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11 thoughts on “Cultural Marxism Is an Oxymoron

  1. bojidar says:

    ,,To win this battle, we must persuade men that "thou shalt not steal" means this: it is immoral to steal, with or without majority vote.

    This has nothing to do with the mode of production." I totally agree with you, Gary.

  2. Michael4yah says:

    Either you believe in the life, death and resurrection of Jeshua the Christ or you don't. But to say you're against some of the tenets of Christianity but for Homosexuality is an Oxymoron.

  3. Same. To let the rich continue to steal from the poor is completely immoral.

  4. Sapient Hetero says:

    Poor, deluded liberal; giving people a job and allowing them to enjoy a better life than they could manage if left to their own devices is hardly "stealing". Perhaps you've confused capitalism with Marxism, which not only steals everything one earns for redistribution by "the state", but enslaves the populace as well. Any thinking person realizes the imaginary "People" so revered by communists is in fact those who run the government.

    It's pathetic that you were allowed to graduate from high school (assuming that you did) without the ability to think more clearly than your silly post suggests.

  5. bouboulina says:

    The majority faithful membership of this "Protestant denomination" need to create a groundswell that will sweep these Marxist infiltrators out the church door. True to their nature, these cynical interlopers are beginning the usual Marxist process of infiltrating a benign organization in order to pervert its true nature & legitimate goals in order to enslave it to their own nefarious ends.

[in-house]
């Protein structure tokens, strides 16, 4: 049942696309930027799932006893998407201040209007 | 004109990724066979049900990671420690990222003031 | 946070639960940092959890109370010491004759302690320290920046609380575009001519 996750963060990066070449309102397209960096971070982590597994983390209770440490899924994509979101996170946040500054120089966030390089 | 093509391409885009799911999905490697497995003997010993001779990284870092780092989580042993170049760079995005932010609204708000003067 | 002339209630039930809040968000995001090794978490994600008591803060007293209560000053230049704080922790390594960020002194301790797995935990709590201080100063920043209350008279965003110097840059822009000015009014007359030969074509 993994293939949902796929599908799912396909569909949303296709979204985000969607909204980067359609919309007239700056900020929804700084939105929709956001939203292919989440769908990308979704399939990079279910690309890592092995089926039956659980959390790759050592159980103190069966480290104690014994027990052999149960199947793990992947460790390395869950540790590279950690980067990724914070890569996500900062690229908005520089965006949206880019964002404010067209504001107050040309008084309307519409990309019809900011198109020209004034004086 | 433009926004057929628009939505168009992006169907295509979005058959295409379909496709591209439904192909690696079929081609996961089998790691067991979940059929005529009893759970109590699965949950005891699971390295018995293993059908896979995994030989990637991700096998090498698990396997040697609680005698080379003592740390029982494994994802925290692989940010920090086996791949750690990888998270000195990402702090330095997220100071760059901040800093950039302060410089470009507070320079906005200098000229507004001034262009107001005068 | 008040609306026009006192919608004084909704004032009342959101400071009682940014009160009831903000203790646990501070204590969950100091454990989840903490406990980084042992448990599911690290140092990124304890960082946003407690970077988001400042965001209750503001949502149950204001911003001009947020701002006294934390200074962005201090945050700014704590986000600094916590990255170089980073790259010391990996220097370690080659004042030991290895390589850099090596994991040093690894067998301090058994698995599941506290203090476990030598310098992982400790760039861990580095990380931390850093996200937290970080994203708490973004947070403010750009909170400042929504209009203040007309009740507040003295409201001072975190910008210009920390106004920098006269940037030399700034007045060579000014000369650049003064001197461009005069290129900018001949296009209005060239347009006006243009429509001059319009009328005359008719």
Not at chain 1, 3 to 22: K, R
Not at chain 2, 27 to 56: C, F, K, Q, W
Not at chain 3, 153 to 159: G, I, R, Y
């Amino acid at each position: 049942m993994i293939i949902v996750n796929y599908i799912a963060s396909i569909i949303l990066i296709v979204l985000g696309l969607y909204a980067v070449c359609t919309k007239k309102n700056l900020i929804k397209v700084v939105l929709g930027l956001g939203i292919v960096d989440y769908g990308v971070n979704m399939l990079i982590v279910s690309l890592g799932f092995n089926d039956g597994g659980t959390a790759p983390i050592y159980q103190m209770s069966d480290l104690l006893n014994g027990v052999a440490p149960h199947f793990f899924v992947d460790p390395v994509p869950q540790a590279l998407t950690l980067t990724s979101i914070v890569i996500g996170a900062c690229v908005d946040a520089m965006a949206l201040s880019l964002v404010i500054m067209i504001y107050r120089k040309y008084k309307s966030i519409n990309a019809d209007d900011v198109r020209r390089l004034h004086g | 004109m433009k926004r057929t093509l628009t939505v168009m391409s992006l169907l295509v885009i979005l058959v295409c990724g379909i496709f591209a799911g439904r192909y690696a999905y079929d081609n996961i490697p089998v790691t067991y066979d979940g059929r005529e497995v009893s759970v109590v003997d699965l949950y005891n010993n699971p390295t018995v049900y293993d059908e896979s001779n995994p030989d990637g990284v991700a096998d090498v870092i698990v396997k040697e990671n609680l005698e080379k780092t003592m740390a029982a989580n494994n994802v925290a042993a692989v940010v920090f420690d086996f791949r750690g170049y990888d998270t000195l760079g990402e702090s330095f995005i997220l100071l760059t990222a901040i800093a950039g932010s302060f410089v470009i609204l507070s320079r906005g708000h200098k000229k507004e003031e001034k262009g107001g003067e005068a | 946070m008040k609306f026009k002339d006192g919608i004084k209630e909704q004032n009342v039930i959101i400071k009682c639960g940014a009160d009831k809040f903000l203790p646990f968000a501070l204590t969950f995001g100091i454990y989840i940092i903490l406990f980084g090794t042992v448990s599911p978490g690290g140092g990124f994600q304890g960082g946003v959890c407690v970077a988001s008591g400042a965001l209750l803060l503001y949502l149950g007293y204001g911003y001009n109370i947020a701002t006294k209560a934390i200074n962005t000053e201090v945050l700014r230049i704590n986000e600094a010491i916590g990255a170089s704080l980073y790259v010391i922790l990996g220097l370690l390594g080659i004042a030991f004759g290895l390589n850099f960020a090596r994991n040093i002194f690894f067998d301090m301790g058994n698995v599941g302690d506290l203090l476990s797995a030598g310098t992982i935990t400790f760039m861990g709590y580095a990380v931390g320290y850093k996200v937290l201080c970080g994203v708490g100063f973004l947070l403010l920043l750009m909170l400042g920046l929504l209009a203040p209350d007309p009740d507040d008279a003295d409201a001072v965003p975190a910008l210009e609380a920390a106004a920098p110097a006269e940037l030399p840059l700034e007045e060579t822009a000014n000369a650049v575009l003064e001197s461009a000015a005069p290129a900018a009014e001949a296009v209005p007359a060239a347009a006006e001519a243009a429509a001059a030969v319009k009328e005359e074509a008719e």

6. When you apply for a job, you are well aware of your salary and benefits, if you don't believe that they are equal to your abilities, you work somewhere else. The business owner didn't open HIS business for you he opened it for him and his family to succeed. He took the risk, he laid out the investment to start, not the employee. A vast number of the "poor" you speak of are willingly poor because the Demonrat party keeps them that way. The Dems give them just enough of someone else's money to survive and so that is all they do, survive. Please cite me one case where someone rich actually stole from a "poor" person.

  7. Wisdumb says:

    It is a modern folly (enlightenment) to think that it is our intellect that motivates us. We are driven by our desires, and our culture demonstrates what those desires are. Faith and religion slowly seeps into our desires and culture changes as a result.

  8. This is a very interesting read, Gary. Kudos! It'll take some brain-cell space on my hard drive for a while.

  9. So, who's to say whether or not God might decide to channel some new information? http://www.godchannel.com

  10. jeers1215 says:

    Anti-consumerism is an inherently materialistic criticism of market developments, is this not cultural Marxism?

  11. jeers1215 says:

    “Your lifestyle has already been designed”
    This does not constitute a religion-like regard for the mode of production?